Hot Seat

Garry Brown

Let's have a chat with Garry Brown. He's a 56-year old Australian who describes himself as 'young at heart'. After seven or eight years shuttling backwards and forwards to Thailand as primarily a tourist, he made The Land of Smiles his permanent home for a further three years. After mixed experiences in Thailand's teaching industry, he thinks he's discovered TEFL nirvana......in China. Garry wonders what took him the hell so long.

Q

Garry, a very warm welcome to the ajarn hot seat. You're 56 years old. I get quite a few e-mails from gentleman in that age bracket who worry that their age might be a barrier to finding TEFL work. Can you offer them any reassurances?

A

Not the case in China. We are still wanted until 65. Some agencies/schools want younger teachers, but others are happy to take experience over age. Sometimes the reasons are dictated by area.

Q

You travelled around Thailand extensively over a period of seven years before deciding to settle here permanently. Actually living in Thailand is a lot different to being part of the tourist trail isn't it?

A

Yes, It was the land of my dreams until I started to work.

Q

Er....righto. Tell us how you initially got into teaching in Thailand. It all started with a foot massage right?

A

Yes, while having a foot massage, I saw an African American sitting opposite me reading a book. I asked him what he was reading and he mentioned that he was a teacher and studying to give a student a test. I asked where he was working and what qualifications were needed to teach. He stated that in some circumstances little or no qualifications were needed, but a TEFL or TESOL and maybe a degree was preferred.

Q

You ended up working at no fewer than six different Thai schools in three years. That's a hell of a lot of schools. What kept going wrong?

A

It's easy. No experience. I did my TESOL training but didn't have any skills in applying that knowledge. It took a while to learn, but by then I was starting to become disillusioned. Some teachers loved my teaching style, but most saw it as a threat to their existence. So out came the knives into my back. Thats Thailand.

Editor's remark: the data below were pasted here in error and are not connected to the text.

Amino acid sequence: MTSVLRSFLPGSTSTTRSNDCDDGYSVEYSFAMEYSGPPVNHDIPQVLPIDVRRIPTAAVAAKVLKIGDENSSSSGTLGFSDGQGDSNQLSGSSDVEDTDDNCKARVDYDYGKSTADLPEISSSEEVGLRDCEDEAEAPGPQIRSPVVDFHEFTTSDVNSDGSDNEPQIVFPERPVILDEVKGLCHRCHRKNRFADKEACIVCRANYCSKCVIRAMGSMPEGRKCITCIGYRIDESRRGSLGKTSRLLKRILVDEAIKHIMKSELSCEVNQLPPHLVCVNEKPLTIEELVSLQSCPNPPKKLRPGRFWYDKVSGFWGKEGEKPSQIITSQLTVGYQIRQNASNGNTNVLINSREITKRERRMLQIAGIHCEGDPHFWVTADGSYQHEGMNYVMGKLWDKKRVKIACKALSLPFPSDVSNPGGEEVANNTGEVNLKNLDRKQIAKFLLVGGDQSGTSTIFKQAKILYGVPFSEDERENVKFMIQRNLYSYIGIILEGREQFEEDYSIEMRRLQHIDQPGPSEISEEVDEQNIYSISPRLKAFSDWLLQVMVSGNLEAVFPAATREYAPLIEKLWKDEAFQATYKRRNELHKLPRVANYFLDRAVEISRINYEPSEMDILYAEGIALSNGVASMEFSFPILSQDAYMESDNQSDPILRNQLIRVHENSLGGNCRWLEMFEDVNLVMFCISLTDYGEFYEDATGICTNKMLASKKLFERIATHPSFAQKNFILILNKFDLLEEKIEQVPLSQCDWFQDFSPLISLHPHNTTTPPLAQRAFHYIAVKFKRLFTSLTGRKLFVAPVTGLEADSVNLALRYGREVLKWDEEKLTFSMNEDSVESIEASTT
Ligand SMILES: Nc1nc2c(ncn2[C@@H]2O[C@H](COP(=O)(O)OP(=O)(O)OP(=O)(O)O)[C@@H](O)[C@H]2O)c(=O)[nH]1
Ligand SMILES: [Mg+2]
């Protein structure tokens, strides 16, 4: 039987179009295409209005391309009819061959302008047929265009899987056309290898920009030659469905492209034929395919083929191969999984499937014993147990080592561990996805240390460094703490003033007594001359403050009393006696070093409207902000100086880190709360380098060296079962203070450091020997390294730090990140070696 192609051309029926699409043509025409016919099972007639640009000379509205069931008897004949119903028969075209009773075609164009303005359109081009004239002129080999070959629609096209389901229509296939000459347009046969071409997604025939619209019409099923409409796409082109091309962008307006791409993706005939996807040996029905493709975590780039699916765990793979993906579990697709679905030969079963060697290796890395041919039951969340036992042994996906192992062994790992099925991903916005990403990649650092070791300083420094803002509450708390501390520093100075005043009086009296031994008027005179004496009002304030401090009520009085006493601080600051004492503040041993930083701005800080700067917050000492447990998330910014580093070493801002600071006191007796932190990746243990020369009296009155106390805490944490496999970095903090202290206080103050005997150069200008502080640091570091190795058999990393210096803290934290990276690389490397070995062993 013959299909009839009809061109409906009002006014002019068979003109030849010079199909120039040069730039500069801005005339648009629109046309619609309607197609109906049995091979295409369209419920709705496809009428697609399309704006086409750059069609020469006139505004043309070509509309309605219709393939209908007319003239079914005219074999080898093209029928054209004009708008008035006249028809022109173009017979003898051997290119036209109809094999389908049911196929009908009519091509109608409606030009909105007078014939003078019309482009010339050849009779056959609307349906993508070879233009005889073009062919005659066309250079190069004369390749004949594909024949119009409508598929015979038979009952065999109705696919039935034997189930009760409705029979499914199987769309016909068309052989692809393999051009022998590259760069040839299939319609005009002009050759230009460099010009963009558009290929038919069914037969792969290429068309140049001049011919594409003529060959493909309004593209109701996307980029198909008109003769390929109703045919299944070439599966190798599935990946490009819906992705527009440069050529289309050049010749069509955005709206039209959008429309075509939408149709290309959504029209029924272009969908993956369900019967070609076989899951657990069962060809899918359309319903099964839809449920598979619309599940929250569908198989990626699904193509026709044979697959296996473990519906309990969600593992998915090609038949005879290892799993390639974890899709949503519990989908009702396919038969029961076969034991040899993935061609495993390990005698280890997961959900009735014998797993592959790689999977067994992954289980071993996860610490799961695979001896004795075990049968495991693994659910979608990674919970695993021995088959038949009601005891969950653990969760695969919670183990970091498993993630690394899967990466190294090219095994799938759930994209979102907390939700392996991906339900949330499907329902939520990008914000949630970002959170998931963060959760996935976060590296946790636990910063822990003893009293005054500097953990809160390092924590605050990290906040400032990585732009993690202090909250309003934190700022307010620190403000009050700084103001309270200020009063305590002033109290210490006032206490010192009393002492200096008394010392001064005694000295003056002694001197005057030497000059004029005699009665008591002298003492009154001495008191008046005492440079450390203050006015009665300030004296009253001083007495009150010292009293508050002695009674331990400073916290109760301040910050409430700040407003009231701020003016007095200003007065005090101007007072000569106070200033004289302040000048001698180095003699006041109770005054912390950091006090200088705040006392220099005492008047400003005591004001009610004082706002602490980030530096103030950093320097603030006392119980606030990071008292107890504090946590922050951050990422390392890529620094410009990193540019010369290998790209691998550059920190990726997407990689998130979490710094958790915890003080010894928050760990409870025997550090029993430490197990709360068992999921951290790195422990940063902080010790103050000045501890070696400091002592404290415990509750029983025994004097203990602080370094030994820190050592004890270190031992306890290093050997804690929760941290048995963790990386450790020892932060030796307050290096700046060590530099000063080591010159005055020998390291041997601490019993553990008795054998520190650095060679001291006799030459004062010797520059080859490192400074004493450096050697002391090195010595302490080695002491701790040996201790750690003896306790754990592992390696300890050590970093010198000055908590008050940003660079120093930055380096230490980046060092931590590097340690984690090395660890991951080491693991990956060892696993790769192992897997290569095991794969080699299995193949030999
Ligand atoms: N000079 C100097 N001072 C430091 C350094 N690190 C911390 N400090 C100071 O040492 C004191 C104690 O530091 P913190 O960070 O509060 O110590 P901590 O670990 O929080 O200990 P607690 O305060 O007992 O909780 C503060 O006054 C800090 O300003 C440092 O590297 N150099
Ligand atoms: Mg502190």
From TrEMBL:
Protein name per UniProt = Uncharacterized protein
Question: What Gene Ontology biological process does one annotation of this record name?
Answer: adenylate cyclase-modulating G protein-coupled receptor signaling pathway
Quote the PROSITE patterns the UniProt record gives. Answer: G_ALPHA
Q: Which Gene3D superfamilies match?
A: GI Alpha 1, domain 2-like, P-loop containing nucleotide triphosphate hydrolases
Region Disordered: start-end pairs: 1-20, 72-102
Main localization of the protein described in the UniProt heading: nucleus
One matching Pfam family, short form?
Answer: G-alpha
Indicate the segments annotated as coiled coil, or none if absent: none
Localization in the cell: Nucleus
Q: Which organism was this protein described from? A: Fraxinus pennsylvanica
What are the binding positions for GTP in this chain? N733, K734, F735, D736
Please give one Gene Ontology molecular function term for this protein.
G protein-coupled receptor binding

Q

You finally decided to pack your bags and head off to China, and that's what I think most of the people reading this interview would be interested in. But firstly - what was the straw that broke the camel's back? What made you think 'enough is enough'?

A

I was working on a direct contract in a school near Chonburi. The salary was fair and conditions were basic. The contract expired and a newly-arrived director wanted to enforce the yearly change of 'farang' teachers, so all 3 of us were not rehired. I accepted a job through the ajarn website in central Thailand. The agent promised the world, but delivered nothing. My one-year contract ended up being one term, so I cracked the shits and resigned. How dare they bring me from Chonburi, 400 kilometers away, to the new school and then change the contract. Other teachers there stated that the school had a history of ill treatment to the foreigners and contract variances. I don't need to work for pigs!

Q

So let's move on to China. I presume you did some research before you decided to take the plunge. At that time, what fears or worries did you have about this strange country?

A

Of course this time I was not going to be fooled by verbal promises. I wanted it in black and white. I looked on the internet and found many sites seeking teachers. Some wanted qualifications and some did not. I applied for several positions but didn't get accepted. Then I contacted an agency called 'Cathay Teacher' who were more considerate and really tried their best for me. Nothing was too difficult. They offered me a few jobs and I selected one in a University in central southern China.

Q

So you had a decent job to go to.

A